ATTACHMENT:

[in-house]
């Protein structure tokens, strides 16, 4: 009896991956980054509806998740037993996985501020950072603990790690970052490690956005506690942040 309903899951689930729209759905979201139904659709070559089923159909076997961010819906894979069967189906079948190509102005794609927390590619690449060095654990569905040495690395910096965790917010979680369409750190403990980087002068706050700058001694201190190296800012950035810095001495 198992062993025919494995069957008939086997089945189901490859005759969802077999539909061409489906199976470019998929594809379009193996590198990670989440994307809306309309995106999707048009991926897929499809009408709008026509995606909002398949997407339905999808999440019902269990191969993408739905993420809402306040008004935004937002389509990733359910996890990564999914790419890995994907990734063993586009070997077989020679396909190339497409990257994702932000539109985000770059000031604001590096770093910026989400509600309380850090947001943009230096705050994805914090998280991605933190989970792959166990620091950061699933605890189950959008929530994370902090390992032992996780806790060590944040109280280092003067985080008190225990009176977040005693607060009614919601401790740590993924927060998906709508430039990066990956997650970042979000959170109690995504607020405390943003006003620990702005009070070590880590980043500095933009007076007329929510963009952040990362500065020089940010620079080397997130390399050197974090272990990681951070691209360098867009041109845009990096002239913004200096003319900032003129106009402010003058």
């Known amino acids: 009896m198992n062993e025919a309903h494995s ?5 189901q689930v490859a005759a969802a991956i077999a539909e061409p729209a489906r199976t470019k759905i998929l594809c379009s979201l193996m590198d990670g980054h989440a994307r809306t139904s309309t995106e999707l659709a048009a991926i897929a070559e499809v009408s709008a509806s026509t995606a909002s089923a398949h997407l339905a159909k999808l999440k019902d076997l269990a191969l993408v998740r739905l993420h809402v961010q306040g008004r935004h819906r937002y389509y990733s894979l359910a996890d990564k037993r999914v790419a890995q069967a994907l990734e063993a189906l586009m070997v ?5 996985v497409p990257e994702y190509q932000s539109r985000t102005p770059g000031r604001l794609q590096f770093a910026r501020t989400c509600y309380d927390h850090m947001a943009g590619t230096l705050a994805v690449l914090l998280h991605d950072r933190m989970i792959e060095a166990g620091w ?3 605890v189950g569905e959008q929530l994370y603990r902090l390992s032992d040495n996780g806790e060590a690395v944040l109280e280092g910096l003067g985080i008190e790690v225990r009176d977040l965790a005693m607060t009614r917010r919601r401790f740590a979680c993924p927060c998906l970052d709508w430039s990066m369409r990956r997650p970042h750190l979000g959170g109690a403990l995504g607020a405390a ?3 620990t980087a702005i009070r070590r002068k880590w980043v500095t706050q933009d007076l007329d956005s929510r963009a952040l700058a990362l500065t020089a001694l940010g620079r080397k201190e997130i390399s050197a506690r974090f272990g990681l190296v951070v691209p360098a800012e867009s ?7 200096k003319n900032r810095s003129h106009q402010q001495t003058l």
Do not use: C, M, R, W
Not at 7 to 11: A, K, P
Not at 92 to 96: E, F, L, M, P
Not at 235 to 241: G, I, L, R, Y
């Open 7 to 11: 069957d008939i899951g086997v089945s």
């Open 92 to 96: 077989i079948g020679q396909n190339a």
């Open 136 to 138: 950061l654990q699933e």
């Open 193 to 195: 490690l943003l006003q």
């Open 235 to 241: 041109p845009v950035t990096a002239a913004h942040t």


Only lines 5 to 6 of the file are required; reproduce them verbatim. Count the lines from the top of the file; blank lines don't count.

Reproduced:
Not at 7 to 11: A, K, P
Not at 92 to 96: E, F, L, M, P